What is your favourite moment in the opera?
That’s a tricky one. Strangely enough, one of my favourite moments has always been the very, very end, where, after all the dramatic effects and the descent into hell, then comes the slightly mad finale chorus of all the other characters who want to know what’s going on. And then there’s this tiny, almost tongue in cheek violin motif, where the orchestra is pared down to virtually nothing before the final chord. There’s something quite cheeky about it. It’s also after the end of the supper scene – whatever happens there, I can tackle with a certain amount of abandon!
What have you been enjoying during the rehearsal process so far?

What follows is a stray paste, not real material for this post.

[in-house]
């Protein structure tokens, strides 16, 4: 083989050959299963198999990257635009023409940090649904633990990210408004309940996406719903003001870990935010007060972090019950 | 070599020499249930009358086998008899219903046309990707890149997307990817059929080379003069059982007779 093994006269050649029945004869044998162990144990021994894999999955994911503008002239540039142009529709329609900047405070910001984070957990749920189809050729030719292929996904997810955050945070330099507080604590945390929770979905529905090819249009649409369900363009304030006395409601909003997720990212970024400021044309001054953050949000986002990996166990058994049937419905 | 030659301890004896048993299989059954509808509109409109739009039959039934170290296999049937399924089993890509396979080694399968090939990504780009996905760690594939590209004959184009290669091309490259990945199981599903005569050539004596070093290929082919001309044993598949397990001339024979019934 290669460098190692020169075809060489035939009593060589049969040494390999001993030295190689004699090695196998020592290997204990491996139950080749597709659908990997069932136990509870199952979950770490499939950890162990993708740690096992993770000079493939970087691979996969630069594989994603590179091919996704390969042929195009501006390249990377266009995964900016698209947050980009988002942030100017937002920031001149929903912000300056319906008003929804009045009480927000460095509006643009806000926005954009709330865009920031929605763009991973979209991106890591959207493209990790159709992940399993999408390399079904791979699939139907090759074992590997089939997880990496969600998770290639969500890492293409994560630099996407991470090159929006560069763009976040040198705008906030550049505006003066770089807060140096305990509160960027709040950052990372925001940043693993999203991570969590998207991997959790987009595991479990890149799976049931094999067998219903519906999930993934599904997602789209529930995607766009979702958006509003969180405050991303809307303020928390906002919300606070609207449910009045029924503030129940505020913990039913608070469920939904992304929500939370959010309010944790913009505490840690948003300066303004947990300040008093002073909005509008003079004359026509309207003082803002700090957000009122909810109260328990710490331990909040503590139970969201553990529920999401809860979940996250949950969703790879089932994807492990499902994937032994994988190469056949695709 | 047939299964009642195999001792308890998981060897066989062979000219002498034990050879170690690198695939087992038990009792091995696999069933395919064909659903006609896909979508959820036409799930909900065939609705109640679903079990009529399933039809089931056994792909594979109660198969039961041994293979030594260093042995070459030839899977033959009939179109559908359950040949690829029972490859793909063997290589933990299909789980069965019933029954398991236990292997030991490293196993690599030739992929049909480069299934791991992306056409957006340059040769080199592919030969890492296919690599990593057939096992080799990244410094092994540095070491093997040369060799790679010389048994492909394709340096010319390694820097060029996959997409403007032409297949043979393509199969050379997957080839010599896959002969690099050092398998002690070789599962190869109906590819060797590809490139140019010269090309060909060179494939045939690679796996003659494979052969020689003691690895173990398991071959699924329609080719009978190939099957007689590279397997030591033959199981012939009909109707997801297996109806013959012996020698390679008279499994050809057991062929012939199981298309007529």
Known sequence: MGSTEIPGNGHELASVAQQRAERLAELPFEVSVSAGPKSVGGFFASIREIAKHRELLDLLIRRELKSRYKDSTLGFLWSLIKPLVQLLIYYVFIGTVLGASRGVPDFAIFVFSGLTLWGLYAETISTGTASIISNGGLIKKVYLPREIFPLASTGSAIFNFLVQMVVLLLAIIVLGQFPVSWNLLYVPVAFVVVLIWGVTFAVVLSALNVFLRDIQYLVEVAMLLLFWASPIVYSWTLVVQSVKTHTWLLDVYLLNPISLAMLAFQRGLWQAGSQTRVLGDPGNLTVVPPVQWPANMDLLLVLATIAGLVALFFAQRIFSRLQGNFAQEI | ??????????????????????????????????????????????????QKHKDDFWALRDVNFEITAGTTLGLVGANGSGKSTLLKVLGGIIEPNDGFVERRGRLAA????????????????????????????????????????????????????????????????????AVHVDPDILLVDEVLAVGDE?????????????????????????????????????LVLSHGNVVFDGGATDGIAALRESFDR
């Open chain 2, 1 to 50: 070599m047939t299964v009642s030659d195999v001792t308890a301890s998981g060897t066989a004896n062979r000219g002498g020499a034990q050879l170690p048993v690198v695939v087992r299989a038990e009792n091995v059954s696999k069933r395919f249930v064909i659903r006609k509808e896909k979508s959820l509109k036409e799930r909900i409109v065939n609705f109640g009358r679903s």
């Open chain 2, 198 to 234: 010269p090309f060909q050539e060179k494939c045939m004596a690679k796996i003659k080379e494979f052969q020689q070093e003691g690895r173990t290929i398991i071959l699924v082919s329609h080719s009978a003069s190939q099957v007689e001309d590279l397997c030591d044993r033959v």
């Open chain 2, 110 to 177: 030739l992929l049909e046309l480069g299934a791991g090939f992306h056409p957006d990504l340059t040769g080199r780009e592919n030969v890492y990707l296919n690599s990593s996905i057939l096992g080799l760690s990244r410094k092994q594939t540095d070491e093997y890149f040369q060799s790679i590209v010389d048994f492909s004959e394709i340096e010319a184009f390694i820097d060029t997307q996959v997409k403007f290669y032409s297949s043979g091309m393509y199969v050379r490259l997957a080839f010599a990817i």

I have just loved coming back to the role for the first time after about ten years. I did the role in my twenties. It’s good to come back to it with a bit more life baggage, but also with a sort of freshness. Also, with Alessandro [Talevi, director], you never know what we’re going to come up next in rehearsal, which idea he’ll be throwing at us today for trying out. It’s fun to go along with those ideas.
Is Don Giovanni is different from a lot of other baritone roles?
Yes. It’s an odd role, sometimes it feels almost more like an acting role than a singing role – the vocal range is actually quite narrow and it never explores the upper range of my voice, the higher register. It’s much more about colours and characterisation.